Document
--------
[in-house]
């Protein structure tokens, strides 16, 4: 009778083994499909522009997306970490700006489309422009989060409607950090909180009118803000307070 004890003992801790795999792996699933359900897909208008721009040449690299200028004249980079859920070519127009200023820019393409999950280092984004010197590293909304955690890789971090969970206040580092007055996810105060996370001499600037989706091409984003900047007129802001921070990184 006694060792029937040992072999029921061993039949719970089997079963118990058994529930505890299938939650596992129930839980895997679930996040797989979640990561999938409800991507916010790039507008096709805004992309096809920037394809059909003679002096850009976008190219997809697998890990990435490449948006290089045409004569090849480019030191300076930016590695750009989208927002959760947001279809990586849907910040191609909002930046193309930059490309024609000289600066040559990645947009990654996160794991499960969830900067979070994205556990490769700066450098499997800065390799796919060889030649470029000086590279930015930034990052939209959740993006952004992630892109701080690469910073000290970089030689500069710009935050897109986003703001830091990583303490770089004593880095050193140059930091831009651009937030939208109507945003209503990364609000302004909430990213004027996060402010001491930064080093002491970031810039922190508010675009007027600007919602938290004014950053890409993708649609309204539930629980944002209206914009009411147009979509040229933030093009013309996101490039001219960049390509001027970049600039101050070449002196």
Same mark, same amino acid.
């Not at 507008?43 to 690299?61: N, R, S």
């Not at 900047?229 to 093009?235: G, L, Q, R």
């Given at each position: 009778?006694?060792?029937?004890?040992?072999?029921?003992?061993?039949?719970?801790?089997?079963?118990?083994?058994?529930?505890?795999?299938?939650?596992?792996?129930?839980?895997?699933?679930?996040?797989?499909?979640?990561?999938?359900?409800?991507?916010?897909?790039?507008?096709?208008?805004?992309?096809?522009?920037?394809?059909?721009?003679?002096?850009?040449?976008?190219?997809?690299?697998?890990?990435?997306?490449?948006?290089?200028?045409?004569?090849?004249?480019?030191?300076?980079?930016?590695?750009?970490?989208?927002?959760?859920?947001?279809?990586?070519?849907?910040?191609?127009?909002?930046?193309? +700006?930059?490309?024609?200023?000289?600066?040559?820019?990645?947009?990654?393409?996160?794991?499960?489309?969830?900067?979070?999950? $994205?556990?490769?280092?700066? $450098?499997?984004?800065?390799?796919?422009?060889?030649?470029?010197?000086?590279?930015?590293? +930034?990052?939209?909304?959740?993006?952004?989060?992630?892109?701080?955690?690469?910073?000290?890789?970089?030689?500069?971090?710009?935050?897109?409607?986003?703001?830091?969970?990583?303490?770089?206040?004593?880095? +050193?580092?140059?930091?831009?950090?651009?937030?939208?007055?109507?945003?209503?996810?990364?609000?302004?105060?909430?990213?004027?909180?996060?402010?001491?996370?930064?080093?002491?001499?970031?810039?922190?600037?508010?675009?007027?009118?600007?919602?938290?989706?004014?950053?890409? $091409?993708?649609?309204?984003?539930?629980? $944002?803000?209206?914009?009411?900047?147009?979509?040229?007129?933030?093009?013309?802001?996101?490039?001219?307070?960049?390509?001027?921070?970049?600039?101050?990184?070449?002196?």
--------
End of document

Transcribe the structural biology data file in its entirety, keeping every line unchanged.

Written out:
[in-house]
């Protein structure tokens, strides 16, 4: 009778083994499909522009997306970490700006489309422009989060409607950090909180009118803000307070 004890003992801790795999792996699933359900897909208008721009040449690299200028004249980079859920070519127009200023820019393409999950280092984004010197590293909304955690890789971090969970206040580092007055996810105060996370001499600037989706091409984003900047007129802001921070990184 006694060792029937040992072999029921061993039949719970089997079963118990058994529930505890299938939650596992129930839980895997679930996040797989979640990561999938409800991507916010790039507008096709805004992309096809920037394809059909003679002096850009976008190219997809697998890990990435490449948006290089045409004569090849480019030191300076930016590695750009989208927002959760947001279809990586849907910040191609909002930046193309930059490309024609000289600066040559990645947009990654996160794991499960969830900067979070994205556990490769700066450098499997800065390799796919060889030649470029000086590279930015930034990052939209959740993006952004992630892109701080690469910073000290970089030689500069710009935050897109986003703001830091990583303490770089004593880095050193140059930091831009651009937030939208109507945003209503990364609000302004909430990213004027996060402010001491930064080093002491970031810039922190508010675009007027600007919602938290004014950053890409993708649609309204539930629980944002209206914009009411147009979509040229933030093009013309996101490039001219960049390509001027970049600039101050070449002196």
Same mark, same amino acid.
């Not at 507008?43 to 690299?61: N, R, S």
């Not at 900047?229 to 093009?235: G, L, Q, R």
């Given at each position: 009778?006694?060792?029937?004890?040992?072999?029921?003992?061993?039949?719970?801790?089997?079963?118990?083994?058994?529930?505890?795999?299938?939650?596992?792996?129930?839980?895997?699933?679930?996040?797989?499909?979640?990561?999938?359900?409800?991507?916010?897909?790039?507008?096709?208008?805004?992309?096809?522009?920037?394809?059909?721009?003679?002096?850009?040449?976008?190219?997809?690299?697998?890990?990435?997306?490449?948006?290089?200028?045409?004569?090849?004249?480019?030191?300076?980079?930016?590695?750009?970490?989208?927002?959760?859920?947001?279809?990586?070519?849907?910040?191609?127009?909002?930046?193309? +700006?930059?490309?024609?200023?000289?600066?040559?820019?990645?947009?990654?393409?996160?794991?499960?489309?969830?900067?979070?999950? $994205?556990?490769?280092?700066? $450098?499997?984004?800065?390799?796919?422009?060889?030649?470029?010197?000086?590279?930015?590293? +930034?990052?939209?909304?959740?993006?952004?989060?992630?892109?701080?955690?690469?910073?000290?890789?970089?030689?500069?971090?710009?935050?897109?409607?986003?703001?830091?969970?990583?303490?770089?206040?004593?880095? +050193?580092?140059?930091?831009?950090?651009?937030?939208?007055?109507?945003?209503?996810?990364?609000?302004?105060?909430?990213?004027?909180?996060?402010?001491?996370?930064?080093?002491?001499?970031?810039?922190?600037?508010?675009?007027?009118?600007?919602?938290?989706?004014?950053?890409? $091409?993708?649609?309204?984003?539930?629980? $944002?803000?209206?914009?009411?900047?147009?979509?040229?007129?933030?093009?013309?802001?996101?490039?001219?307070?960049?390509?001027?921070?970049?600039?101050?990184?070449?002196?």